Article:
Catholic schools have accused the Victorian Government of “starving” them of money for new buildings and upgrades as the non-government sector fights for funding ahead of the state election. Source: The Age.
The accusation came as the Opposition promised that supporting non-government schools to improve standards would be a “core value” of a Liberal-Nationals state Government.
Nine weeks out from the November poll, Catholic Education Commission of Victoria executive director Stephen Elder has urged Labor to renew a program that provides capital works funding for non-government schools.
“It’s fine for the state government to promote its own school sector, but they are denying parents' choice and crushing aspiration by starving Catholic schools of the capital works support needed to meet demand, placing bigger burdens on government schools and taxpayers in the process,” he said.
He said the Catholic sector could increase its enrolments by 30 per cent if it received additional capital support.
Labor announced ahead of the 2014 state election that it would spend $120 million on capital works at non-government schools over four years. Money was allocated to 92 schools but the program was not renewed in this year's state budget.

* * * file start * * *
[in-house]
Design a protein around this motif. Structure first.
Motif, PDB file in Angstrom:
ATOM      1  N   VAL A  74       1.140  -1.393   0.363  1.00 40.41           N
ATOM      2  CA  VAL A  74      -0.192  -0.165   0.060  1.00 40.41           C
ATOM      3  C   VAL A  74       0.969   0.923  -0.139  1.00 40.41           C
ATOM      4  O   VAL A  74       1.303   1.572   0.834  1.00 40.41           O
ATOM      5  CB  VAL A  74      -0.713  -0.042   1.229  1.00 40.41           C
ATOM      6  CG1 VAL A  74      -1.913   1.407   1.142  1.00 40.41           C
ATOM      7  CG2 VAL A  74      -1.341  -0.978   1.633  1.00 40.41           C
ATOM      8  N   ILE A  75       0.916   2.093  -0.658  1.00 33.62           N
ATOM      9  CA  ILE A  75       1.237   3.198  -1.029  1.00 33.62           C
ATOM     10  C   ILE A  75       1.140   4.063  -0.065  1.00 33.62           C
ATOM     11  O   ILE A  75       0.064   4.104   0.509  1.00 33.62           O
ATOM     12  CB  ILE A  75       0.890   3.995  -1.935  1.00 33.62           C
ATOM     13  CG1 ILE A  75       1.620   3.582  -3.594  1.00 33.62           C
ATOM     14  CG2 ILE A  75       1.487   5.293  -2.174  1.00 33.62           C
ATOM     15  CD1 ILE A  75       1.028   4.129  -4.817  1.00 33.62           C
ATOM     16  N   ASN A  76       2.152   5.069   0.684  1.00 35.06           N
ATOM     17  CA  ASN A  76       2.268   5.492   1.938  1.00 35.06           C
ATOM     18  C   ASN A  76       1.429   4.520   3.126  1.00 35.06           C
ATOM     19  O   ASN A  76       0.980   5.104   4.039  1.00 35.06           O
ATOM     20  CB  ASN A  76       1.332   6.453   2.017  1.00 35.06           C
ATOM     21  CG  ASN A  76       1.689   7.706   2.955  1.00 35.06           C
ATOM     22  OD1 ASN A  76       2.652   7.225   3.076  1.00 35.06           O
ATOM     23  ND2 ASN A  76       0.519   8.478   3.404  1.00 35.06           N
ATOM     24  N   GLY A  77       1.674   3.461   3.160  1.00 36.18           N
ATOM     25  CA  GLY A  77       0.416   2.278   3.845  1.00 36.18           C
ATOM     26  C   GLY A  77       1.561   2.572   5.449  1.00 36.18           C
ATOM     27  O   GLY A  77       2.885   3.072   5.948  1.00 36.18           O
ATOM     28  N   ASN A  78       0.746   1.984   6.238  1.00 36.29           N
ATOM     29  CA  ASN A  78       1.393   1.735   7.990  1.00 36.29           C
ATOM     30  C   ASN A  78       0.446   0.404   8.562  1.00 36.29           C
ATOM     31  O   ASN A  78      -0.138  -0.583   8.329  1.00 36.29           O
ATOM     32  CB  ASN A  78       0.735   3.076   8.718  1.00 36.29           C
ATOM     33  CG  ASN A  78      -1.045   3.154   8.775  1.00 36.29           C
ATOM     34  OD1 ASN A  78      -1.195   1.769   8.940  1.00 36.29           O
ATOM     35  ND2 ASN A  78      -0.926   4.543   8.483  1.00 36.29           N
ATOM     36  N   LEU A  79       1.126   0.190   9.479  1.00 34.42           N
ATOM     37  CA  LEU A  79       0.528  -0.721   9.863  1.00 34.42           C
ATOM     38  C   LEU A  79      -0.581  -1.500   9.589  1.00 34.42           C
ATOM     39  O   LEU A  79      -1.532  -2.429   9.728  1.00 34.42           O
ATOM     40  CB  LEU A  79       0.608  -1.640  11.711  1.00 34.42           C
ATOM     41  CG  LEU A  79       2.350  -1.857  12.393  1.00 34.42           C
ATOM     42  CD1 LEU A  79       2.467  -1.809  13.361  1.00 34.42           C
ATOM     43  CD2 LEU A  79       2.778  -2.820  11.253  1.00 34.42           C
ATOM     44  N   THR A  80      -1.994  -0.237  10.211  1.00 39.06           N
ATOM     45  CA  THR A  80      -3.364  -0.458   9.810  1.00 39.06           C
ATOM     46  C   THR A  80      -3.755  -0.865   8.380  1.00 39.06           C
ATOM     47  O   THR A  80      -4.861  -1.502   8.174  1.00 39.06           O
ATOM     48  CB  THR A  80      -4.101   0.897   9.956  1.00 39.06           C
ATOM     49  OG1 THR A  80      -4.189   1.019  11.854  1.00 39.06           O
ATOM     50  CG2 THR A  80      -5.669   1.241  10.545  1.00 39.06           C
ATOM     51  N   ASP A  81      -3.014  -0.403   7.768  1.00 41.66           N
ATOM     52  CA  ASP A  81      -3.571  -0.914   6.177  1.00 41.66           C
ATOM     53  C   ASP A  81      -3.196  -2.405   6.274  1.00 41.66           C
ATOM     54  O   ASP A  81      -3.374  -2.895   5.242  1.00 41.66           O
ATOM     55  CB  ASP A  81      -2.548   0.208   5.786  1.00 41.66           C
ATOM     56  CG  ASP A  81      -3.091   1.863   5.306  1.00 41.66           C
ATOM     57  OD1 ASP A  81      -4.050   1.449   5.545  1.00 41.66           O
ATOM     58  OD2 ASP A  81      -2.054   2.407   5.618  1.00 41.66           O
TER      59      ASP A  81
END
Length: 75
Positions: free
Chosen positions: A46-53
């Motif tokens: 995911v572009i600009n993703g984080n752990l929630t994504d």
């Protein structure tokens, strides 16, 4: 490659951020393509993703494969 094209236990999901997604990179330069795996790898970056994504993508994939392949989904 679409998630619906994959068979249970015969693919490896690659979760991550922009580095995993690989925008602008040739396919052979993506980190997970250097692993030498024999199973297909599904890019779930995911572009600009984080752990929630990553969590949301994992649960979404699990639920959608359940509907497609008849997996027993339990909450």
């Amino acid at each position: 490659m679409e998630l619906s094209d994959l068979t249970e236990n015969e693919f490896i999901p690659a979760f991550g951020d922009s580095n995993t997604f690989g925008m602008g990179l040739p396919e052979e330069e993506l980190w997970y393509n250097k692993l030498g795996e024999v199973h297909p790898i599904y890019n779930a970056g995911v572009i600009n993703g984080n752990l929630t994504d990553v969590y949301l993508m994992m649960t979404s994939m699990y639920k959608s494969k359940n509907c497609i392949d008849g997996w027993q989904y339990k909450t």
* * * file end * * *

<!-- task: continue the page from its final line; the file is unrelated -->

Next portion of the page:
Both major parties will want to avoid an electoral backlash from the Catholic schools lobby, which has been fiercely campaigning against the federal Government’s Gonski 2.0 funding plan.
Education minister James Merlino said the Government was working with the non-government sector on future funding needs and would be making more education announcements in coming months.
“Non-government schools are an important part of Victoria’s education system, with more than one-third of Victorian students studying at Catholic or independent schools,” Mr Merlino said.
The Opposition’s education spokesman, Tim Smith, said the Coalition would reveal its capital works policy before the election.
“It will be a core value of a Liberal Nationals Government to support non-government schools to improve standards and outcomes for all students and that includes capital funding,” he said.